How can electronic locks improve your facility management?
A growing need in facility management is upgrading mechanical locksets to electronic locks. Keep on reading to learn why electronic locks make facility management easier and how to know if wireless locks are a better fit for your facility than hardwired systems.
What are electronic locks?
Electronic locks are access control systems that require electronic credentials to pass through an opening. As the name suggests, these locks use electricity to power the lockset, credential reader, sensors, door position switch and tamper guard.
Electrified locks offer several advantages that can’t be achieved with their mechanical counterparts. Below are some of the reasons why facility managers are making the switch.
Greater visibility and control – These locks record the traffic history through an opening, allow for access to be granted or revoked remotely and allow for scheduling of lock activation.
Increased security – The use of electronic credentials decreases the need to pass out and manage physical keys for an opening. This approach decreases the risk of physical keys being in the hands of unapproved users when access permissions change.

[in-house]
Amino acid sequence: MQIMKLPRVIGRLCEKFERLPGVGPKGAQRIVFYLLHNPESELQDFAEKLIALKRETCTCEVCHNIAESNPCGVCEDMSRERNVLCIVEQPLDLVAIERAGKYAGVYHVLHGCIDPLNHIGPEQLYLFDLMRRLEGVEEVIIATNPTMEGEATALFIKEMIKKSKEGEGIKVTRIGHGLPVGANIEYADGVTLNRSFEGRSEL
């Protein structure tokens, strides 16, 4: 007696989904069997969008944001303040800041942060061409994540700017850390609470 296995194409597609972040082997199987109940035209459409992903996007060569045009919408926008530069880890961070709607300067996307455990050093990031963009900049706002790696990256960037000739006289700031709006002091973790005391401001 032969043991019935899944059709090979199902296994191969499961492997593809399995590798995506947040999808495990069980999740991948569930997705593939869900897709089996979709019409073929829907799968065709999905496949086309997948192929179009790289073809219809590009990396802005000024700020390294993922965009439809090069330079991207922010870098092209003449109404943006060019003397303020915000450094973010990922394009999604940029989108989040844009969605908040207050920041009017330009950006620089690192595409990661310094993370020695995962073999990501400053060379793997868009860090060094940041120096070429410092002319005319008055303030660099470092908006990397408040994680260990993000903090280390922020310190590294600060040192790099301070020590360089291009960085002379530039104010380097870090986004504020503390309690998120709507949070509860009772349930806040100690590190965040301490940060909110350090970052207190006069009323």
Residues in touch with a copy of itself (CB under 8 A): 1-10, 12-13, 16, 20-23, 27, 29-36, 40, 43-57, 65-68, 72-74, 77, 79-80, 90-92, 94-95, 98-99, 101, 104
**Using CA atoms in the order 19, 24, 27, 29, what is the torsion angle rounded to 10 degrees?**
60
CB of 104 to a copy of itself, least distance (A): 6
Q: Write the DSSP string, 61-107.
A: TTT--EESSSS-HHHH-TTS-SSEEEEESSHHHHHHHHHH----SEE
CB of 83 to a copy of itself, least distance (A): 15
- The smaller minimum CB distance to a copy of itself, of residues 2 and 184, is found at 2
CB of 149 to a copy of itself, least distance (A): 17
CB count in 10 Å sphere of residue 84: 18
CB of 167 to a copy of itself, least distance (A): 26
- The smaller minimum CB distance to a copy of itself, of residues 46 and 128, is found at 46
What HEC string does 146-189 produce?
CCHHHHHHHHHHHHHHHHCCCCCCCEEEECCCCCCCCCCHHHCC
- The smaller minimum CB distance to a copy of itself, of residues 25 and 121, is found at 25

Shared Convenience – These locks can be activated using ID cards, fobs or smartphones, making it convenient for approved users to access an opening. Also, all the electronic locks in a facility can be controlled through a centralized access control software.
The major difference between hardwired and wireless locks.
When exploring electronic locks, you’ll find a wide variety of hardwired and wireless options. Hardwired locks offer many of the same benefits as wireless versions with one glaring exception – they require wires and physical power to be run to every electrified opening. This may not be a big deal for new construction. However, installing hardwired systems in existing facilities can be costly, operationally disruptive and messy.
Wireless locks are battery-powered and transmit data via a secured wireless connection to an access control panel, eliminating the need for running physical wires.
One common concern about wireless locks is the reliability of battery power. While physical wires are typically more reliable, most wireless locks come with batteries lasting up to two years and low-power indicators to signal when it is time to change batteries. For added peace of mind, wireless locks come with mechanical key overrides or functionality to jump-start the battery. This gives property managers constant control of the opening.
For facilities already in use or in areas where running wires is complicated, electronic locks may be a more affordable and efficient solution for improving the control and security of an opening.
Find the best system for your facility.
If you’re interested in adding hardwired or wireless locks to your facility, speak with one of our hardware experts. Submit your contact information using the form below, and one of our door hardware experts will contact you to talk about electronic locks.